Journal for Christa—
Peter, James, and John—they were the stars, often referred to as Jesus’ inner circle. Take them away, and that leaves nine. Take away Judas, the betrayer, and that leaves eight. Eight disciples who walked with God, saw the miracles, and went on to live lives of service after Jesus’ ascension. Little is said about some of them—not more than the mention of their names on the list.
There is, though, a brief conversation (recorded for us) among Jesus, Philip, and Andrew preceding the feeding of the five thousand. Jesus asks them where they’ll buy bread for so many people. Philip says that it would take “eight months salary,” and Andrew mentions the “five loaves and two fish,” but dismisses them as well.
In thinking about Philip and Andrew, I have to admit I’m very much like them in this regard. Philip basically says, “We don’t have that kind of money.” Andrew, perhaps somewhat more optimistic, points out what’s there. (Maybe he’d been wondering about food since he’d already taken notice of how little there was.) Regardless, they weren’t expecting much. How foolish of them. How foolish of me.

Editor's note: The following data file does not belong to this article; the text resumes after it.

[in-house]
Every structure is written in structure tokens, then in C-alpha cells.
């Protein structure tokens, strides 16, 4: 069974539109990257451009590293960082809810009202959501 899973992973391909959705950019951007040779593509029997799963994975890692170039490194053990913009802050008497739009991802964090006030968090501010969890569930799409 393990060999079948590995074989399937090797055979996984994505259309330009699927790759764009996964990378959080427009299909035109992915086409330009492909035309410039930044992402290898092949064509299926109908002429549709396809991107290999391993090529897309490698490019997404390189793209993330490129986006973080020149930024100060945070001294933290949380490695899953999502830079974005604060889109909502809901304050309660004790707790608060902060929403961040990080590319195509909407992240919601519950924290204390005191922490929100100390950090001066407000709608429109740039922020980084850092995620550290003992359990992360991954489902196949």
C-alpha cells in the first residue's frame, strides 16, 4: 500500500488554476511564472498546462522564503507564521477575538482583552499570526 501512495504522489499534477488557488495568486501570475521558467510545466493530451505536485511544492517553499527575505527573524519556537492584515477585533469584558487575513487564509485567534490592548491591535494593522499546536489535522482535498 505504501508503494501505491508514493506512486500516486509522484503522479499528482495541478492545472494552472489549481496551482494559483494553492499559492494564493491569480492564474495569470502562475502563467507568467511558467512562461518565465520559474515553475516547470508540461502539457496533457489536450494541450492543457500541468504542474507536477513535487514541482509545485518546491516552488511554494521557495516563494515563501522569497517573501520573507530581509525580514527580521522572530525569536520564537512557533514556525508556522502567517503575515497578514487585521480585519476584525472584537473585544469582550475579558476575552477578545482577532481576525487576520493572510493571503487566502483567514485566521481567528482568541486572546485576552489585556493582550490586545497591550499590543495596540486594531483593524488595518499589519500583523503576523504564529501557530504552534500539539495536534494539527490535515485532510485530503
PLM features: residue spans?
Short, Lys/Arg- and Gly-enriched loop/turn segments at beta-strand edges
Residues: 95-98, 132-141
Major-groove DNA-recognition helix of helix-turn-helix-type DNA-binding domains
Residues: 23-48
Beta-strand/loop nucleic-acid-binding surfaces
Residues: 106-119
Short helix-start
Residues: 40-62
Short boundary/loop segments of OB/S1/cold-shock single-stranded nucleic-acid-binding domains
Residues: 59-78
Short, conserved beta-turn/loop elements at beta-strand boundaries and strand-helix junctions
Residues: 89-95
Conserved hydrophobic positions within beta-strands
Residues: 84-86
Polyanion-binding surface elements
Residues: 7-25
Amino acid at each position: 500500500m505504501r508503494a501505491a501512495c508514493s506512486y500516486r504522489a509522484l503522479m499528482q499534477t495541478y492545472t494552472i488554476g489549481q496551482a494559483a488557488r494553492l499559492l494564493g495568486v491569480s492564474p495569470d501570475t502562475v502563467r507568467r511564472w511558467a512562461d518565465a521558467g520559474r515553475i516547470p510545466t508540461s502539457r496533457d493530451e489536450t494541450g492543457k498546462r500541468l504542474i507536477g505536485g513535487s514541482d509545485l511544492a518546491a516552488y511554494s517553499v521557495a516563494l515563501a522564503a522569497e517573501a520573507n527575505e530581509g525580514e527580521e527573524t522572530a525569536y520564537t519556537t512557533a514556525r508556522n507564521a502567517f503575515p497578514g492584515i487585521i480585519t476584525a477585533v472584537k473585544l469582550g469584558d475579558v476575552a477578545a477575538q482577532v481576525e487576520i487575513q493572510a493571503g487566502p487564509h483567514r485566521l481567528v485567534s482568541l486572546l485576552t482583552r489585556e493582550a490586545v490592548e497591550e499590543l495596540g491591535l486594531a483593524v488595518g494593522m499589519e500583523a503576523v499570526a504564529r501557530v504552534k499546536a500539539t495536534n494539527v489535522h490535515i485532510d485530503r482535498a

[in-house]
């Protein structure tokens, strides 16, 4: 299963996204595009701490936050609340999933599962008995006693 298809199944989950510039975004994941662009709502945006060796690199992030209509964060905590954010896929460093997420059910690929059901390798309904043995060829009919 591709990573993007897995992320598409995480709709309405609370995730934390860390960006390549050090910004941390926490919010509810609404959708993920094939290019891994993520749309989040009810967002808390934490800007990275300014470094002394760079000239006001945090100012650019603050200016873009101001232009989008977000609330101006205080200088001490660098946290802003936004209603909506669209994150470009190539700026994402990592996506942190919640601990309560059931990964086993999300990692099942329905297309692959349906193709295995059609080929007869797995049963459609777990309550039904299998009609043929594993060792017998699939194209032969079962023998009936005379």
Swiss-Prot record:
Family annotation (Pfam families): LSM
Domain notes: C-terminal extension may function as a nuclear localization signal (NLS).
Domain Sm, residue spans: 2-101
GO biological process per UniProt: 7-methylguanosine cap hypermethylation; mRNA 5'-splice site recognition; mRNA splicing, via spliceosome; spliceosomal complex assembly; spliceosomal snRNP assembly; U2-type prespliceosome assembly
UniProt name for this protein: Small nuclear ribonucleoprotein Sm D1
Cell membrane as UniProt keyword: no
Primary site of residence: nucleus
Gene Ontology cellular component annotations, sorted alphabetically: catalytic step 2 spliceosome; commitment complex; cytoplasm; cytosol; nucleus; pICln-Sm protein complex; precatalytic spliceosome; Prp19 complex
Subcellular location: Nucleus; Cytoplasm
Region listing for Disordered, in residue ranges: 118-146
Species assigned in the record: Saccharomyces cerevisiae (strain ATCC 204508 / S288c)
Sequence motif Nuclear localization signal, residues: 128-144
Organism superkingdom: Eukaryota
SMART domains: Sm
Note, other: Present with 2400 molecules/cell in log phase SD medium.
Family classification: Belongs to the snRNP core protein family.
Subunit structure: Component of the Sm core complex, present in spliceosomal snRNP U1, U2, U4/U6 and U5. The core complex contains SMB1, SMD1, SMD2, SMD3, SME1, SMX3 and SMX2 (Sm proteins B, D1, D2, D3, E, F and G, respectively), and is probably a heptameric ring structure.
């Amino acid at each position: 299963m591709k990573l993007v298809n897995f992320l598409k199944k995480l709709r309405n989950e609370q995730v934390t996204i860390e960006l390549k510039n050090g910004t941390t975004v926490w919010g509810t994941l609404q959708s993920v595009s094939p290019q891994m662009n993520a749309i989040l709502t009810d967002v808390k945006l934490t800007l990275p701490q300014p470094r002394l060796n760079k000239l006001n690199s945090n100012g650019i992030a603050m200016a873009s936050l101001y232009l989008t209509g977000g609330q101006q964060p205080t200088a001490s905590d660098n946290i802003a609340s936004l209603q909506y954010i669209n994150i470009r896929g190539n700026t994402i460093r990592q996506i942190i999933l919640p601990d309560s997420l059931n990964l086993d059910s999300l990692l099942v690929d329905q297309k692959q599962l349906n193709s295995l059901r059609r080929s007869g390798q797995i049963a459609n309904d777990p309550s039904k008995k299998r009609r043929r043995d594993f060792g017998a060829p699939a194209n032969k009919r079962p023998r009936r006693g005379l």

Jesus can work miracles, but just because He can doesn’t mean he will. And because he doesn’t always, perhaps that’s why I rarely look for them. It’s interesting that Jesus brought the whole thing up to begin with because He “already had in mind what he was going to do” (Jn. 6:6).
I tend to worry about all sorts of things from people to situations. I know Jesus can and does work miracles. I’ve seen some of them. But, in the daily routine of life, I’m not usually looking for them.
But, just what if—
What if something really breathtaking is around the next curve—
—because God already has in mind what he’s going to do?
I love the idea that something wonderful is always around the corner. I try to practice that. Some days it's easier than others. Generally, I find the more I look for miracles, the more I find them, especially below my feet.ReplyDelete